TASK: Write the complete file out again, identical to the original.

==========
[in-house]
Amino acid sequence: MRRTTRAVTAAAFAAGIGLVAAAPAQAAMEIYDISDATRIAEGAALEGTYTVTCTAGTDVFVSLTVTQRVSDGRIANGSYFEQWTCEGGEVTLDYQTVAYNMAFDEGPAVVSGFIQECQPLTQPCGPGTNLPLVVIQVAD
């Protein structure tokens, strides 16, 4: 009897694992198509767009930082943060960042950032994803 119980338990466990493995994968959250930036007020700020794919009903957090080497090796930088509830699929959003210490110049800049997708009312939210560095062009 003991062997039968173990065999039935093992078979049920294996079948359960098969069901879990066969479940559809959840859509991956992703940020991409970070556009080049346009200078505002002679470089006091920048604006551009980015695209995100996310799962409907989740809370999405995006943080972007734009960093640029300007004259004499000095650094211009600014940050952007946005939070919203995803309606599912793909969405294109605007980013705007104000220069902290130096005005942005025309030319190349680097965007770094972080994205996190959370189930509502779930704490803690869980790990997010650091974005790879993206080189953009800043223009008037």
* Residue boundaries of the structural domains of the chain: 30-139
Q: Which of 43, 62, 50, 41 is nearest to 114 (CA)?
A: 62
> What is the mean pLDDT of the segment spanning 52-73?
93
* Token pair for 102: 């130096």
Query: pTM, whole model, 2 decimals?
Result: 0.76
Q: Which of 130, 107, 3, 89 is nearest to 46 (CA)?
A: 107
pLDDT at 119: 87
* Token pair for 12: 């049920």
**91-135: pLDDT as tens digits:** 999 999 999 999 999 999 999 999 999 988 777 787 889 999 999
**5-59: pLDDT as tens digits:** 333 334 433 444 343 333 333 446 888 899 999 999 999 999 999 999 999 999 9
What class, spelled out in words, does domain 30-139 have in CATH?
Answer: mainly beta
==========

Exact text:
[in-house]
Amino acid sequence: MRRTTRAVTAAAFAAGIGLVAAAPAQAAMEIYDISDATRIAEGAALEGTYTVTCTAGTDVFVSLTVTQRVSDGRIANGSYFEQWTCEGGEVTLDYQTVAYNMAFDEGPAVVSGFIQECQPLTQPCGPGTNLPLVVIQVAD
């Protein structure tokens, strides 16, 4: 009897694992198509767009930082943060960042950032994803 119980338990466990493995994968959250930036007020700020794919009903957090080497090796930088509830699929959003210490110049800049997708009312939210560095062009 003991062997039968173990065999039935093992078979049920294996079948359960098969069901879990066969479940559809959840859509991956992703940020991409970070556009080049346009200078505002002679470089006091920048604006551009980015695209995100996310799962409907989740809370999405995006943080972007734009960093640029300007004259004499000095650094211009600014940050952007946005939070919203995803309606599912793909969405294109605007980013705007104000220069902290130096005005942005025309030319190349680097965007770094972080994205996190959370189930509502779930704490803690869980790990997010650091974005790879993206080189953009800043223009008037």
* Residue boundaries of the structural domains of the chain: 30-139
Q: Which of 43, 62, 50, 41 is nearest to 114 (CA)?
A: 62
> What is the mean pLDDT of the segment spanning 52-73?
93
* Token pair for 102: 């130096």
Query: pTM, whole model, 2 decimals?
Result: 0.76
Q: Which of 130, 107, 3, 89 is nearest to 46 (CA)?
A: 107
pLDDT at 119: 87
* Token pair for 12: 């049920």
**91-135: pLDDT as tens digits:** 999 999 999 999 999 999 999 999 999 988 777 787 889 999 999
**5-59: pLDDT as tens digits:** 333 334 433 444 343 333 333 446 888 899 999 999 999 999 999 999 999 999 9
What class, spelled out in words, does domain 30-139 have in CATH?
Answer: mainly beta